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Wind power mills lose Rs 150 cr due to theft in Rajasthan  

Credit:  Dev Chatterjee | Business Standard | September 3, 2013 | www.business-standard.com ~~

Investments worth Rs 14,000 crore made by wind power companies in Rajasthan is threatened by a serious law and order problem as locals are stealing expensive parts of the wind power mills.

Top officials of Suzlon – the main supplier of wind power equipment – say almost all power mills in just one district – Jaisalmer have stopped functioning as locals have looted equipment worth Rs 150 crore in the last few months.

The total installed capacity in the Jaisalmer region is 2,359 MW, which translates into an investment of more than Rs 14,000 crore.

Wind mill operators say the loss is twofold in nature. One, a considerable amount of financial resources has to be spent on the replacement of valuable spare parts and at the same time there is a substantial amount of income lost through generation; not to mention the inadequate power supply and the additional finances the state has to mobilize for purchasing it from other states.

Due to its unique geographical location, Rajasthan and Tamil Nadu have received maximum investment by the wind power industry.

The wind power companies have filed 300 complaints with the local police but nothing much has changed on the ground.

“In the recent months, we have seen a constant rise in incidents of theft in the region and the companies who have invested in Rajasthan have become the victims of theft and brutal attacks. The investors have approached the local police and authorities and many FIRs have been lodged without significant improvement. We view this situation as a major deterrent for attracting further investments into this sector,” said a spokesperson of Indian Wind Power Association.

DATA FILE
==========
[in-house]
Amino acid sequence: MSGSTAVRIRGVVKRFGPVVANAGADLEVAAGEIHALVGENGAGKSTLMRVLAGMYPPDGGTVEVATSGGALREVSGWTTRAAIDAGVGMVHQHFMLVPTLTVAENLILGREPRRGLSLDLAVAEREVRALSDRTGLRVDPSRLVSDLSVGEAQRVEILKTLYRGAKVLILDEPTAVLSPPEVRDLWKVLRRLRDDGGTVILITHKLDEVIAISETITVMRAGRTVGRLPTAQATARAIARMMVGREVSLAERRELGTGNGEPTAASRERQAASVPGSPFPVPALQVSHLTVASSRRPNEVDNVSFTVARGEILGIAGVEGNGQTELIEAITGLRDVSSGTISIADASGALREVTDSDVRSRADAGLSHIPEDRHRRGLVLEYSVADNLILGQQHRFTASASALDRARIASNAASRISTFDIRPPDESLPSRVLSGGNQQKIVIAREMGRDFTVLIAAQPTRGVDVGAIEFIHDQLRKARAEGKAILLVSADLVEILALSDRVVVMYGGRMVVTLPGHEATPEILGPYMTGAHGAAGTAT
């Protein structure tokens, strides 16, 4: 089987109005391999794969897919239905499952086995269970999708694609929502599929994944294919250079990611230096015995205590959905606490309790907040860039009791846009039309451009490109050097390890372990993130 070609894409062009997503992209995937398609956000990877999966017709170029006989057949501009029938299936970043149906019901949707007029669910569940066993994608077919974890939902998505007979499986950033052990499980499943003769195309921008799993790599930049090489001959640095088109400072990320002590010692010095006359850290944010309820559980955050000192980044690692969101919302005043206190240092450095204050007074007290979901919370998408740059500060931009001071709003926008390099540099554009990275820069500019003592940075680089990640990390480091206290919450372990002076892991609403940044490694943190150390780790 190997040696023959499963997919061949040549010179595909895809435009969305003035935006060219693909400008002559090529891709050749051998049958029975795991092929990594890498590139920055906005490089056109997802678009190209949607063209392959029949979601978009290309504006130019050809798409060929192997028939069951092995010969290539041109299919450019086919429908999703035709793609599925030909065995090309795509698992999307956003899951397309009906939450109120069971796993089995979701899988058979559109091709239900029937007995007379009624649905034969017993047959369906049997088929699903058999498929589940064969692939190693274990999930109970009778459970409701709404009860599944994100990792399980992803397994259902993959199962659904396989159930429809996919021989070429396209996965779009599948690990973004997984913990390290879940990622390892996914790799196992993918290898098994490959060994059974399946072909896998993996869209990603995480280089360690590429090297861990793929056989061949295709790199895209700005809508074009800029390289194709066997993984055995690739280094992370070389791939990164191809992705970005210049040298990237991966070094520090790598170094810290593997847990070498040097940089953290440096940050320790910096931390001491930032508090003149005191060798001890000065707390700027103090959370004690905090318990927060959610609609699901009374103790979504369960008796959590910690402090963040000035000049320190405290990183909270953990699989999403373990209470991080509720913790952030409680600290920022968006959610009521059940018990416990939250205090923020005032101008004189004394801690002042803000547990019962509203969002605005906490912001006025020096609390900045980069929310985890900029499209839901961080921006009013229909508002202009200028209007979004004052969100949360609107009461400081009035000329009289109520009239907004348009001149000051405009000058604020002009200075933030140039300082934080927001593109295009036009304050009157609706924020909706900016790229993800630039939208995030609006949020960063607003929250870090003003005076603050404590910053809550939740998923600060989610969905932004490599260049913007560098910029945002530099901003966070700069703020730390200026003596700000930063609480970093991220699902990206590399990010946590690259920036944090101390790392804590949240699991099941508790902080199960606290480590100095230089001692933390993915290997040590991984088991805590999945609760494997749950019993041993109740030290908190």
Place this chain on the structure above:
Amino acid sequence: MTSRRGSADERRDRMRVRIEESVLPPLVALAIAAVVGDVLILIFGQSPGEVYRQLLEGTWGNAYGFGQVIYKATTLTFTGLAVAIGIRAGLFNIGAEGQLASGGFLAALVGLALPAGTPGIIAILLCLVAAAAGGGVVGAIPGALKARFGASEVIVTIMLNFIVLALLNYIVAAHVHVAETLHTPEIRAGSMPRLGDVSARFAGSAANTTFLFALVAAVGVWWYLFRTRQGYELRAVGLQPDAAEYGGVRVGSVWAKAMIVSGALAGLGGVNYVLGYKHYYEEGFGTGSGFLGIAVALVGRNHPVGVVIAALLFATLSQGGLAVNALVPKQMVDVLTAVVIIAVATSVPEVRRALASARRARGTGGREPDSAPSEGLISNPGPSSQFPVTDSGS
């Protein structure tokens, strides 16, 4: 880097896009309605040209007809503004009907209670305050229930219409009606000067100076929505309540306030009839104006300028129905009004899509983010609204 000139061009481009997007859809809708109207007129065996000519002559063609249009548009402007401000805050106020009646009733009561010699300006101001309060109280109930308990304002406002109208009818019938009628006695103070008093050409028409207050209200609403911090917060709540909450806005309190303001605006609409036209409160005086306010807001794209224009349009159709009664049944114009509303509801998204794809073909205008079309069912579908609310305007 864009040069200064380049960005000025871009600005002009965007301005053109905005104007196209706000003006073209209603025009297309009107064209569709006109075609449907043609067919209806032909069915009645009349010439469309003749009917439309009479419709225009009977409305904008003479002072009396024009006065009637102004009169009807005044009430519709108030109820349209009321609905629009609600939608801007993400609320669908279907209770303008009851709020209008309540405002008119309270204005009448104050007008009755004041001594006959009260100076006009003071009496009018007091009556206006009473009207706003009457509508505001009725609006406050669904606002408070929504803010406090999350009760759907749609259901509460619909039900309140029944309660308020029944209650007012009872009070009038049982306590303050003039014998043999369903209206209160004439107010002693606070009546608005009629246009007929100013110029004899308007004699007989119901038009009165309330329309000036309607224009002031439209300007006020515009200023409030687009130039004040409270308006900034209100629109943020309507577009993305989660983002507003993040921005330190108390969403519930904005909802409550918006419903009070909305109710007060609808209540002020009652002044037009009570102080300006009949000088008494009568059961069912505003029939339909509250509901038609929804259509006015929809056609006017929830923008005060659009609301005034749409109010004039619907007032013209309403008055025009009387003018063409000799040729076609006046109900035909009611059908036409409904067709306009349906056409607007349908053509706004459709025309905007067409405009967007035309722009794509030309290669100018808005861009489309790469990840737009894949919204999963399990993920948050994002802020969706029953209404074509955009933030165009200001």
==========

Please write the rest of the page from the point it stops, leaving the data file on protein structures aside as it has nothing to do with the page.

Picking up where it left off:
Source:  Dev Chatterjee | Business Standard | September 3, 2013 | www.business-standard.com

This article is the work of the source indicated. Any opinions expressed in it are not necessarily those of National Wind Watch.

The copyright of this article resides with the author or publisher indicated. As part of its noncommercial effort to present the environmental, social, scientific, and economic issues of large-scale wind power development to a global audience seeking such information, National Wind Watch endeavors to observe “fair use” as provided for in section 107 of U.S. Copyright Law and similar “fair dealing” provisions of the copyright laws of other nations. Send requests to excerpt, general inquiries, and comments via e-mail.

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